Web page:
Every time a book comes out about Christianity and sexuality, I read it. (Well, I have not yet gotten to Rob Bell’s Sex God: Exploring the Endless Connections between Sexuality and Spirituality, but it is on my list.) The Church, in all of its multidenominational glory, seems always to be struggling with defining and controlling sexuality, and sexuality keeps rearing its head and refusing to be defined or controlled.
The thesis of most of these books (especially those directed to young Christians) is that sexuality only really counts if it is expressed in the context of marriage and that any sex outside of marriage should cause a person to feel ashamed. None of them explore sexuality and spirituality in a curious, non-judgmental way.
Lara Blackwood Pickrel and Heather Godsey’s new book, Oh God, Oh God, Oh God! Young Adults Speak out about Sexuality and Christianity, is wonderful simply because sexuality isn’t debated. The collection of essays inside this book are all first person accounts of young adults and their thoughts about sexuality. Whether ruminating on the “hook-up” culture of college, a coming-out experience, or a young married couple’s struggle with infertility, these essays are searingly honest. These essays are not prescriptive, but descriptive. They invite a conversation, rather than telling you how God feels about each sexual act. One essay, of particular interest to me as a minister wondering how to discuss sexuality with her congregation, reflects on the writer’s very positive experience with a childhood camp that used the “Eighters’ Method” of sex education. From the author’s account, this method seems to use the ultimate practical and non-manipulative blend of frank information about sex and understanding of human beings as spiritual creatures.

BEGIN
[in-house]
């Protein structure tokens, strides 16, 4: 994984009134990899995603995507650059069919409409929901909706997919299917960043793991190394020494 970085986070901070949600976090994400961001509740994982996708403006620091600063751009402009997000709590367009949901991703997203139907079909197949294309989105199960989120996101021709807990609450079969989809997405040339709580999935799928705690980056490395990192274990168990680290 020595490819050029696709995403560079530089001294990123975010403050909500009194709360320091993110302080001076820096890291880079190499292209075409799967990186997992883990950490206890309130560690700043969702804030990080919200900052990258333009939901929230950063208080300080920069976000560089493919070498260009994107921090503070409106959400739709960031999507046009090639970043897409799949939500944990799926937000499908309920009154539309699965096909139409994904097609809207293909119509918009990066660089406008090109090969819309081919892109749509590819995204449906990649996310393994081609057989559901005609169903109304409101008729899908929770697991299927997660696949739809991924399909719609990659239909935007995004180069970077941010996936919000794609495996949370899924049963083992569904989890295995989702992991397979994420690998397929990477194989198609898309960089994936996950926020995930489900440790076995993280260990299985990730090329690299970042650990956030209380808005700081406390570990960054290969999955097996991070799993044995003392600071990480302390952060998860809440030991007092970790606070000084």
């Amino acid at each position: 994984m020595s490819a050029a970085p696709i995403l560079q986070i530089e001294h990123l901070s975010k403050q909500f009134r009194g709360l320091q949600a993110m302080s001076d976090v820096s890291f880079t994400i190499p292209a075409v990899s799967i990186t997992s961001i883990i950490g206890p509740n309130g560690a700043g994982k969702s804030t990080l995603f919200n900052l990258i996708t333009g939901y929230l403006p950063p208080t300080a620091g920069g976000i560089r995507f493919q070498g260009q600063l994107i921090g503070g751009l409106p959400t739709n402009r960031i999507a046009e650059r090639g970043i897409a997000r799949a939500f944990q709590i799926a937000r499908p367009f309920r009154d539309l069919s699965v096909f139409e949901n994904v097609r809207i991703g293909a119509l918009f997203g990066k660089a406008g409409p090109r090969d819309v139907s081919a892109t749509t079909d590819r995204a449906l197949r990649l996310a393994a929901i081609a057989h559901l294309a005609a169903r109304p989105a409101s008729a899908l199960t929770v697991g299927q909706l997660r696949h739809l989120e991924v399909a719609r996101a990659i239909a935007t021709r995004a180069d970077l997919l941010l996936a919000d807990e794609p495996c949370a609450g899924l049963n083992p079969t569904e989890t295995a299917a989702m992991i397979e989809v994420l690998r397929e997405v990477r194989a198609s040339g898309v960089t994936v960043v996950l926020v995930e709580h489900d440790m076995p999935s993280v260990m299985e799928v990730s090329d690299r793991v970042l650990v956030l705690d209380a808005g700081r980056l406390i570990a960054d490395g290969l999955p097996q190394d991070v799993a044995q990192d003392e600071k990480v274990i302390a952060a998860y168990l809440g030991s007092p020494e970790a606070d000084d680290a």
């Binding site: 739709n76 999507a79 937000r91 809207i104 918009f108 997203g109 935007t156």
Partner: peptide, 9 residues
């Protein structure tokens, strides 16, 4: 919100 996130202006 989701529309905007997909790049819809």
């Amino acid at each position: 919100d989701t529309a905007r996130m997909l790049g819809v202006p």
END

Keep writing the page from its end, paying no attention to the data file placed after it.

I left the book feeling unsatisfied, though, only because I wish the publisher had invited them to do a series of books. I did not want the book to end! I wanted a book full of essays about dating, and another book full of essays about being gay in the church, and a third book full of essays about the struggles and joys of starting (or trying to start) young families. For that matter, how about another book filled with essays about dealing with sexual abuse and how it has an impact on one’s spirituality? Each essay was so good, it left me wanting more like it. I wanted to hear a multitude of conversations around each topic, because each was so captivating.
Oh God, Oh God, Oh God!: Young Adults Speak Out about Sexuality and Christian Spirituality is a great, quick read that opens many great questions and conversations about its subject matter. This book would be great to read with a college or twenty-something group, or even a mature group of high school students.